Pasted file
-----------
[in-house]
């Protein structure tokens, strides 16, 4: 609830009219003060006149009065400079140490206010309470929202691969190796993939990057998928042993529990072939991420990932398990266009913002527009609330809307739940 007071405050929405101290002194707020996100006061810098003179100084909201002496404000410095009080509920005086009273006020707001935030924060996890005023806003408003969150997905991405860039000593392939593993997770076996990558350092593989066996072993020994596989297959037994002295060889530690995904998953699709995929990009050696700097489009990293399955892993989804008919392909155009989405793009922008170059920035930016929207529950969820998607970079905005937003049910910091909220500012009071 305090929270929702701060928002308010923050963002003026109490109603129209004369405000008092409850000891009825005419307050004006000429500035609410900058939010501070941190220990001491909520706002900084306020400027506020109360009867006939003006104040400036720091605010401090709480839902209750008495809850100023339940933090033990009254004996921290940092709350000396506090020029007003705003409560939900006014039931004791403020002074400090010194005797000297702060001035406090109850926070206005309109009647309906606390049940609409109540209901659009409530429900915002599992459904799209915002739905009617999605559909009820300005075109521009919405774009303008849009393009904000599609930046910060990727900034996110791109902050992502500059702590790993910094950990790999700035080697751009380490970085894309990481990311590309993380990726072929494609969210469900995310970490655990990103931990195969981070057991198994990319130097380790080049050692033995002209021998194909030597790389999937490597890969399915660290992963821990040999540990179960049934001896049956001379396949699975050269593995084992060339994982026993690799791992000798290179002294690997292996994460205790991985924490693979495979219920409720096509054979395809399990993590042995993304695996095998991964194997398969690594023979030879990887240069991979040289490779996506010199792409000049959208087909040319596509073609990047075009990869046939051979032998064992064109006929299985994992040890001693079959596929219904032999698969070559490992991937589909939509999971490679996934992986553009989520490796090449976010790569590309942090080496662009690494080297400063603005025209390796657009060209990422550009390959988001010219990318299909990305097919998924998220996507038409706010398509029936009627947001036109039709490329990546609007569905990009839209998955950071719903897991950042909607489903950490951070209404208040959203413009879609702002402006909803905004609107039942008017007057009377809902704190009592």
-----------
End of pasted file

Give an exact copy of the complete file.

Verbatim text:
[in-house]
């Protein structure tokens, strides 16, 4: 609830009219003060006149009065400079140490206010309470929202691969190796993939990057998928042993529990072939991420990932398990266009913002527009609330809307739940 007071405050929405101290002194707020996100006061810098003179100084909201002496404000410095009080509920005086009273006020707001935030924060996890005023806003408003969150997905991405860039000593392939593993997770076996990558350092593989066996072993020994596989297959037994002295060889530690995904998953699709995929990009050696700097489009990293399955892993989804008919392909155009989405793009922008170059920035930016929207529950969820998607970079905005937003049910910091909220500012009071 305090929270929702701060928002308010923050963002003026109490109603129209004369405000008092409850000891009825005419307050004006000429500035609410900058939010501070941190220990001491909520706002900084306020400027506020109360009867006939003006104040400036720091605010401090709480839902209750008495809850100023339940933090033990009254004996921290940092709350000396506090020029007003705003409560939900006014039931004791403020002074400090010194005797000297702060001035406090109850926070206005309109009647309906606390049940609409109540209901659009409530429900915002599992459904799209915002739905009617999605559909009820300005075109521009919405774009303008849009393009904000599609930046910060990727900034996110791109902050992502500059702590790993910094950990790999700035080697751009380490970085894309990481990311590309993380990726072929494609969210469900995310970490655990990103931990195969981070057991198994990319130097380790080049050692033995002209021998194909030597790389999937490597890969399915660290992963821990040999540990179960049934001896049956001379396949699975050269593995084992060339994982026993690799791992000798290179002294690997292996994460205790991985924490693979495979219920409720096509054979395809399990993590042995993304695996095998991964194997398969690594023979030879990887240069991979040289490779996506010199792409000049959208087909040319596509073609990047075009990869046939051979032998064992064109006929299985994992040890001693079959596929219904032999698969070559490992991937589909939509999971490679996934992986553009989520490796090449976010790569590309942090080496662009690494080297400063603005025209390796657009060209990422550009390959988001010219990318299909990305097919998924998220996507038409706010398509029936009627947001036109039709490329990546609007569905990009839209998955950071719903897991950042909607489903950490951070209404208040959203413009879609702002402006909803905004609107039942008017007057009377809902704190009592």